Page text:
This term refers to an accidental symbol that lowers a note by three semitones (or three half steps). This symbol is indicated by three flat (â) symbols preceding the note. It should be noted that the triple flat is extremely rare and can only be found in a very few compositions throughout all of the history of modern musical notation. It is only used in classical music and is more theoretical than practical. Most musicians (professional or amateur) will never see or perform a triple flat in their entire musical career.
The triple flat symbol alters the pitch of the note to which it is attached as well as any subsequent occurrence of the same note (identical line or space) in the same measure. Notes with the same pitch name, but a higher or lower octave, are not effected. Any note with a triple flat that also has a tie across a barline carries the triple flat to the note on the other side of the barline. Notes in the new measure that are not tied to altered notes from the previous measure revert to their original pitch and are performed using the current key signature. It should also be noted that a triple flat will always be shown with three flat symbols (♭♭♭), regardless of the key signature. The example below shows a rare triple flat in the Piano Sonata No. 1 by Nikolai Roslavets, written in 1914. Notice that the flat symbols are connected at the top by beams and courtesy accidentals are also shown enclosed in parentheses marks.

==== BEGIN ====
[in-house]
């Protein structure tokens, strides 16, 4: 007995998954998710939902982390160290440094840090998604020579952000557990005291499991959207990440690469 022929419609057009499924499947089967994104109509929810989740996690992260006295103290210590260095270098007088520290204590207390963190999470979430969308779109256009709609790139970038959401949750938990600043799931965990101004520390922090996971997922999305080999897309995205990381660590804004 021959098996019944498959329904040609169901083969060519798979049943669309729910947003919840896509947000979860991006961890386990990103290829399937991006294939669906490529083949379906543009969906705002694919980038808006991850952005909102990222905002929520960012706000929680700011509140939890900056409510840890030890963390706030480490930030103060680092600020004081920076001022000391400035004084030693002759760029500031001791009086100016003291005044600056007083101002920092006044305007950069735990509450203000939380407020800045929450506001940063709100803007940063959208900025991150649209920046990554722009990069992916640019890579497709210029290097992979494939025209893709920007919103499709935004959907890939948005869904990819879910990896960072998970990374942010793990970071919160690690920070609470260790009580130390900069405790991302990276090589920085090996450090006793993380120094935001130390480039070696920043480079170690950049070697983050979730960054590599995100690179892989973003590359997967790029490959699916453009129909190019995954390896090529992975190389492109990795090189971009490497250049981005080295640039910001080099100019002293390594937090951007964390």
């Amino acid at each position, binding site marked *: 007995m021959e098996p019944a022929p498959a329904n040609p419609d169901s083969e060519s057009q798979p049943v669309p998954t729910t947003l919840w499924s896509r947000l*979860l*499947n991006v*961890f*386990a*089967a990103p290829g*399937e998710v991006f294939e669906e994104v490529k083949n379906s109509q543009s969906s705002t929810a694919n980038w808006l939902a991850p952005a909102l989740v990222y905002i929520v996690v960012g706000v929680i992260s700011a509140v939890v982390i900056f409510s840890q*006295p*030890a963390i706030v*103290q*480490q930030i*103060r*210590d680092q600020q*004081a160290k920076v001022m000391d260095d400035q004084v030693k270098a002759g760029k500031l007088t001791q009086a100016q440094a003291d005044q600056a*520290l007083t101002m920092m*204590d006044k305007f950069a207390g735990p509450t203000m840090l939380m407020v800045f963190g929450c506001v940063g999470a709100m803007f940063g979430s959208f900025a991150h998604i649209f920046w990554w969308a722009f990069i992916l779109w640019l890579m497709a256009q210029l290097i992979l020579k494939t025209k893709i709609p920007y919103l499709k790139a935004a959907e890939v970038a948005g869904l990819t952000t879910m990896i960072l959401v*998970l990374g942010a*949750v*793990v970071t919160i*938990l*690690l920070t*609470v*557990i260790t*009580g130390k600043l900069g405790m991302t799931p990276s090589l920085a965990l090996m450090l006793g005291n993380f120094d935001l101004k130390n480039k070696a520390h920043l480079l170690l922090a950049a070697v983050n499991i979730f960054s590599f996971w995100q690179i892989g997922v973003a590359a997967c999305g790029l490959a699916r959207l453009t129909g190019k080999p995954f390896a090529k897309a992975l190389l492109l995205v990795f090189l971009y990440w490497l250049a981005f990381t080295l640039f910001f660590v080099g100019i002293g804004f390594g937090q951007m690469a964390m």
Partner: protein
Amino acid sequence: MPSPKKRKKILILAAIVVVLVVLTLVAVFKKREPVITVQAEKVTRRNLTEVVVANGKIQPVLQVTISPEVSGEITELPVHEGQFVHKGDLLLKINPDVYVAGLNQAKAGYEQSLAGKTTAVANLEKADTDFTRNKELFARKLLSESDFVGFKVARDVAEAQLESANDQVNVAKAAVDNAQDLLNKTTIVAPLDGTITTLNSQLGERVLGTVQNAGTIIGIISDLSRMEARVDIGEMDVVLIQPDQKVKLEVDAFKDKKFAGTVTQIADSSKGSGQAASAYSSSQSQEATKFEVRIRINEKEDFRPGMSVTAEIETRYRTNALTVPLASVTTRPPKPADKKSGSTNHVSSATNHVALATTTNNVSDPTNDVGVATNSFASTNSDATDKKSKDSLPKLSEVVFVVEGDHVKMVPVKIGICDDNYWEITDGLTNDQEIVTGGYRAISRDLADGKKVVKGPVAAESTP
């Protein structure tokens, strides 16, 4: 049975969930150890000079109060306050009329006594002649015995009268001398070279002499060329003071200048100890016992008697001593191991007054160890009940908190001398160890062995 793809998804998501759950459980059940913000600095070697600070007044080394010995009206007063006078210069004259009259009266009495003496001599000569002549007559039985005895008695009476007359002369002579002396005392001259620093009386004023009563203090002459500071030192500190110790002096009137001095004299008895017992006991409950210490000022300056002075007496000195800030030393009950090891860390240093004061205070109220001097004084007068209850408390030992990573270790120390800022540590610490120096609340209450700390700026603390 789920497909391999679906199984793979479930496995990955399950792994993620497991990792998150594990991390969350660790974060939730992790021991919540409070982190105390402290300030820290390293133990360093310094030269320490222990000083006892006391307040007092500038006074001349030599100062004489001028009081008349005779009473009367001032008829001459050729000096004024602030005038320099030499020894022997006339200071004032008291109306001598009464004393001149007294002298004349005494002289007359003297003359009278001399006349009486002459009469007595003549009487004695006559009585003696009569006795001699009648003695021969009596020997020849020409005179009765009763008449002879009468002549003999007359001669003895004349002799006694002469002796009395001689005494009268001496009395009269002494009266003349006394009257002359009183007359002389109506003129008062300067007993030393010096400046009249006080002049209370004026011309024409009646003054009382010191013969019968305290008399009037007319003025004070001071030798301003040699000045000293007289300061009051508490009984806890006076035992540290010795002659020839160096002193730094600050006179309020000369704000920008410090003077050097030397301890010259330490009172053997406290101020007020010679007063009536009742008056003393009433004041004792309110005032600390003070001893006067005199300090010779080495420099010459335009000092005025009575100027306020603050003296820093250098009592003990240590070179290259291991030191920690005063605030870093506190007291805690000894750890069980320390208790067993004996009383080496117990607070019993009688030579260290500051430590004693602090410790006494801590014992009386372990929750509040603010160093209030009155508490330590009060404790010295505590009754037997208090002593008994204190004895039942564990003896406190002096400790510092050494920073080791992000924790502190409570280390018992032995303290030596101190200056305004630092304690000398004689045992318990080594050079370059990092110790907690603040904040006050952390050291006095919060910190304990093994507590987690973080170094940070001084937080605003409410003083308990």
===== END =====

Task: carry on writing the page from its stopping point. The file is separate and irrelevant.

Piano Sonata No. 1 (1914) - Nikolai Roslavets
Last Updated: 2013-02-25 19:53:14